We all know that COVID-19 hit the world hard, completely changing our lives and forcing us to stay inside our houses. Because of this, we looked back at our ancient science in the form of natural food supplements and home remedies. This brought us back to our kitchens and made us realise the importance of Ayurveda, the 5,000-year history of Ayurveda, to boost our immunity and find ways to live a safe and healthy life.

My major learning during the pandemic was that one should never underestimate their well-being. Health is not achieved overnight, just like success; you must work on it to achieve it! I am sure many of us realised it.

What is your mantra for maintaining a successful work-life balance in the new normal? According to you, what makes women the best in crisis management?

As an entrepreneur, there is a lot of pressure to constantly do better for our organisation. I always keep myself focused and work efficiently to maintain the right balance. Also, one thing that motivates me the most while working is contributing to the lives of those suffering from illness. However, I have always prioritised my health and believed in following a healthy lifestyle by following the right diet plan and exercising daily to release stress and remain fit. I always do detox once a year for the best of my health.

Regarding why women are the best in crisis management, we have observed that they are receptive to learning things early in life; this drives them to sharpen their expertise in separate areas and prepare for the crisis in future. Colleagues, family, friends, and companies around women can benefit from this quality if they give an opportunity to women to prove themselves.

What are the five most effective leadership lessons that you have learned?

A good leader will always lead with humility, have the ability to listen, be open to taking advice and opinion from their team members, admit when they are (leader) wrong, and most importantly, never give up learning new things and always be curious to know more.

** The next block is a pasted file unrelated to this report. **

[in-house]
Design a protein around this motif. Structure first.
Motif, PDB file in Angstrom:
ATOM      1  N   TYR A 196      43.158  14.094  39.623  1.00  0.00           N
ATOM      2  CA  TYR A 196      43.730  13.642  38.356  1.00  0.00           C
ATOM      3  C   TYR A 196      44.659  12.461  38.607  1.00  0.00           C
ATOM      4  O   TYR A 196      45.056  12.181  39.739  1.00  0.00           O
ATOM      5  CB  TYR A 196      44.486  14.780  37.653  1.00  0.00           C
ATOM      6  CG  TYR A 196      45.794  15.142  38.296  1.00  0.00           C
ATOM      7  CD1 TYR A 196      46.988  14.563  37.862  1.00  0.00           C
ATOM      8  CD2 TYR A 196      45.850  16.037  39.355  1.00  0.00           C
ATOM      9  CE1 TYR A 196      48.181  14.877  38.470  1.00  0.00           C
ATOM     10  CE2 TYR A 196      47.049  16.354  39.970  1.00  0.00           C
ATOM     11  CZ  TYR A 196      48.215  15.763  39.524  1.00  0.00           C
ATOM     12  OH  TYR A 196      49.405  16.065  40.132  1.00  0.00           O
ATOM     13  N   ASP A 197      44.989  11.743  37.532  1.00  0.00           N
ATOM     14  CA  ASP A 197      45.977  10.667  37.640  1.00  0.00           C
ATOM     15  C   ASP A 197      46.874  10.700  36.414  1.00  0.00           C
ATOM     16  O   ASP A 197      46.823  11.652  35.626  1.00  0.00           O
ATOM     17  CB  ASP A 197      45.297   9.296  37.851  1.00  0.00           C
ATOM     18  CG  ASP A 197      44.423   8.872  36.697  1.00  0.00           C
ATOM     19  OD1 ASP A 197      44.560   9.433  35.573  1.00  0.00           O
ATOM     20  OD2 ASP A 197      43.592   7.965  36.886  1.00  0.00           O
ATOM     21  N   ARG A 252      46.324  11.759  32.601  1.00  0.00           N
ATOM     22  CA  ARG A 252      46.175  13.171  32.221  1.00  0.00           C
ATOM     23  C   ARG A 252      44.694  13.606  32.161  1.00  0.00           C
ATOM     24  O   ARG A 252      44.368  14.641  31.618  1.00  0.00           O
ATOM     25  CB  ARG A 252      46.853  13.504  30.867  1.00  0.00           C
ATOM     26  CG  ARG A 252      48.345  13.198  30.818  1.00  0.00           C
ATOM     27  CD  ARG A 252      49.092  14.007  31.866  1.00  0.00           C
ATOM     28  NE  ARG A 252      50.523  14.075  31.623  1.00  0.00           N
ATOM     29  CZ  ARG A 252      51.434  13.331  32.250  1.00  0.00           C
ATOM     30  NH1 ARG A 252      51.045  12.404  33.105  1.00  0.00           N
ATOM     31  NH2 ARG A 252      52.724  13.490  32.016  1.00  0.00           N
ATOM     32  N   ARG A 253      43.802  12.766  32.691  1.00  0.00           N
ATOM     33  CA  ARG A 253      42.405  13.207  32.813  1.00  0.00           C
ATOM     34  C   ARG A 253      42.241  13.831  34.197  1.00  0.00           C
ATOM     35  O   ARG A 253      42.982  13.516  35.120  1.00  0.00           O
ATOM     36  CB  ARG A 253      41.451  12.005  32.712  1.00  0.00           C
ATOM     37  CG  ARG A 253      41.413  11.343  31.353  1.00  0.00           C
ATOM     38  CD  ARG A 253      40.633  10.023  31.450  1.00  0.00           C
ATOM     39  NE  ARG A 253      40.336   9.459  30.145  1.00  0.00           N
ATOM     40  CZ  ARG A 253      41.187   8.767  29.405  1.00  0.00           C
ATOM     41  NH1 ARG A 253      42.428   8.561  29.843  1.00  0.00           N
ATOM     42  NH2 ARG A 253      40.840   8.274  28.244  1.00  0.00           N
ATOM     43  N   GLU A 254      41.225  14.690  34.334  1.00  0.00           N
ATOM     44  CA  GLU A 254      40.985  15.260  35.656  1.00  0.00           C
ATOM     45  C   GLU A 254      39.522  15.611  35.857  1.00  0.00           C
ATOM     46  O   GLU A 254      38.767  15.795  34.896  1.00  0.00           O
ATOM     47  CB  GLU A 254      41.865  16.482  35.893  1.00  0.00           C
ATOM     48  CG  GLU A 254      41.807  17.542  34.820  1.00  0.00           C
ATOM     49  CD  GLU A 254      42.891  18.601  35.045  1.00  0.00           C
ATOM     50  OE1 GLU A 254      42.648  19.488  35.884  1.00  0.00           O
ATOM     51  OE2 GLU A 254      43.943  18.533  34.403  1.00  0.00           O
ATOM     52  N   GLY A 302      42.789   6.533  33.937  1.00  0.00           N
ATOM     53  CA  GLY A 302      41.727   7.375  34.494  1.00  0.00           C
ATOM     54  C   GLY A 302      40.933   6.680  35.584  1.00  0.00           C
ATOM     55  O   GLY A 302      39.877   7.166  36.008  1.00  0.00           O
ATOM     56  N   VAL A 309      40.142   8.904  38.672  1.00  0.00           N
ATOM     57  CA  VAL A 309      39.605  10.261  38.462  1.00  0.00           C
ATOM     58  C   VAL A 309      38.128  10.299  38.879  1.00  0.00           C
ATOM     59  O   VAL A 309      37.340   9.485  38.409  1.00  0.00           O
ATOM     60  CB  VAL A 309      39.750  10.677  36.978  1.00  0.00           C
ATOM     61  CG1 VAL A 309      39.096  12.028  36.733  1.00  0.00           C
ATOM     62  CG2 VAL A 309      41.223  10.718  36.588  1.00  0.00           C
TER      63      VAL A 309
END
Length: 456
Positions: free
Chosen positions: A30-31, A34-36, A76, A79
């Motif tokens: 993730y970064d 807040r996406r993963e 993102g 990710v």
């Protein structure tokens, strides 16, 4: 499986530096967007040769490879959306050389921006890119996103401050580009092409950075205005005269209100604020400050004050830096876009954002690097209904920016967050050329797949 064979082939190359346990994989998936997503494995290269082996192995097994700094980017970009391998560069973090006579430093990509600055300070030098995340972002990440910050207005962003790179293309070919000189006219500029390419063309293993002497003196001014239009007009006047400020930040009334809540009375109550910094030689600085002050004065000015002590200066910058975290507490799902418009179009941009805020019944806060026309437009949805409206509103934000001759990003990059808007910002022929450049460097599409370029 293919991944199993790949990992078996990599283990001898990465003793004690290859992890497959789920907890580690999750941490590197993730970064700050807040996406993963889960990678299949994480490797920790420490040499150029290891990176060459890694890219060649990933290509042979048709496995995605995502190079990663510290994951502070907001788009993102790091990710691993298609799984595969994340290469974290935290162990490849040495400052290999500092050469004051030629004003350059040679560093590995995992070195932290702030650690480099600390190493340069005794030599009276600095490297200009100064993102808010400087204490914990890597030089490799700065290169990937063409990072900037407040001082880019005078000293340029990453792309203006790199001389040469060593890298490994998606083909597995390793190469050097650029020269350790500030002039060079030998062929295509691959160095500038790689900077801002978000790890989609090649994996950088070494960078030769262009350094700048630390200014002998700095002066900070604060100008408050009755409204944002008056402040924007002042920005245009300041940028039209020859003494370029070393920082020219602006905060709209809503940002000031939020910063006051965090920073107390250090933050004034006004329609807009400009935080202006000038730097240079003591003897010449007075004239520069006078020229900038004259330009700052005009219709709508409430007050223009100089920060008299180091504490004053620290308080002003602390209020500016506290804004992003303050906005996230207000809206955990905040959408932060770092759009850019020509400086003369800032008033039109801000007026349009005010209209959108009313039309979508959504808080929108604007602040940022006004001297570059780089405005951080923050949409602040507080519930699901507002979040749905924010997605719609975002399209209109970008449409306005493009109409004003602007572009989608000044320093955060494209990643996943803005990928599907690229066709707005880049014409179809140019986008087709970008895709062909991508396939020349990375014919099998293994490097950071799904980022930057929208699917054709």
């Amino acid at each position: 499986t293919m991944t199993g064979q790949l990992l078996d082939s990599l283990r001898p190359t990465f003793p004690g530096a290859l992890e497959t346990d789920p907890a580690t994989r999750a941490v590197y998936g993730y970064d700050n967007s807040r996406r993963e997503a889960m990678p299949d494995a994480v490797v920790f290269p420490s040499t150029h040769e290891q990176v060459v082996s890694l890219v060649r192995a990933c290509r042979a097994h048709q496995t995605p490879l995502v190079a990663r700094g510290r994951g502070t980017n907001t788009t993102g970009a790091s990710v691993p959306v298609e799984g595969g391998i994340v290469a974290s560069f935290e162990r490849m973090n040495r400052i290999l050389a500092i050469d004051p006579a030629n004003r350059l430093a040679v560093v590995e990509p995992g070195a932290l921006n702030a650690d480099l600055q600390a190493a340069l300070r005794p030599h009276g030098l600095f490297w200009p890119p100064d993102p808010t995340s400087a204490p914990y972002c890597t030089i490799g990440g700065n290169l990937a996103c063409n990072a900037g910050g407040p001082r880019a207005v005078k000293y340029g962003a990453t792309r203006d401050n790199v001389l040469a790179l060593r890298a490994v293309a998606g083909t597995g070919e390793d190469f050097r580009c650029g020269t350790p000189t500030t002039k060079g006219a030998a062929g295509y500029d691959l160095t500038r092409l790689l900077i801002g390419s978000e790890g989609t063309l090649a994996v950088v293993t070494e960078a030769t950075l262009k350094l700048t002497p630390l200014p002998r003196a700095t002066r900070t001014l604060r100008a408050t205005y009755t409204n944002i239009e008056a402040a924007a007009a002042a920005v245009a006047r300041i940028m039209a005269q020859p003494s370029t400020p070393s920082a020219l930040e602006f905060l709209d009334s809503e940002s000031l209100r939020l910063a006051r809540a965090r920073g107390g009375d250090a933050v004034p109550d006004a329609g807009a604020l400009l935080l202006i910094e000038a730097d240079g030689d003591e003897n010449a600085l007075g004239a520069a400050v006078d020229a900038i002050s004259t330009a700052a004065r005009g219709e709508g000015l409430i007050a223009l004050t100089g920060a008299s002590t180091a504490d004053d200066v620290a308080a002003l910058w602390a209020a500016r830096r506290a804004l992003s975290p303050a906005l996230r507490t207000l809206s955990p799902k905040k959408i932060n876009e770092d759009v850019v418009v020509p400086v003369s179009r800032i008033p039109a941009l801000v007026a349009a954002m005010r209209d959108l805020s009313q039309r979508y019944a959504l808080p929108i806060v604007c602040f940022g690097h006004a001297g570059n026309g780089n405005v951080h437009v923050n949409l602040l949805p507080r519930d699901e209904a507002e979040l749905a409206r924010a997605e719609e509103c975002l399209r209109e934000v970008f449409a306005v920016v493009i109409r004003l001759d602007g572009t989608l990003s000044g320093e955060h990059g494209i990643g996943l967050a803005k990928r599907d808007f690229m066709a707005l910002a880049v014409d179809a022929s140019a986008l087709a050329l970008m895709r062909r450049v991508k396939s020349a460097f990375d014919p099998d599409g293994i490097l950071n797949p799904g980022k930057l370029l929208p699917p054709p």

I believe leadership is an action rather than a position, and you can achieve anything at any age.

Gender sensitivity and inclusion in the new normal – how can organisations effectively encourage and groom women leaders in challenging times?

Women are more likely to leave school because they must choose between parenting and career growth. Enterprises must retain the pace with hybrid work environments in offer a network of support. Even gender values that no one believed could be carried off theoretically are now being done at least as well as they were in person during the pandemic. In some areas, locality bias has been addressed by the pandemic, which has advanced the change in thinking. As a result, when we try to phase out the pandemic, we should allow time for female employees to adjust so that they can strike a balance between their responsibilities at home and work.

Therefore, understanding workplace differences and encouraging everyone to provide their best effort is key. Women don’t require excessive credit or encouragement, but if we are attempting to do anything, don’t stop us.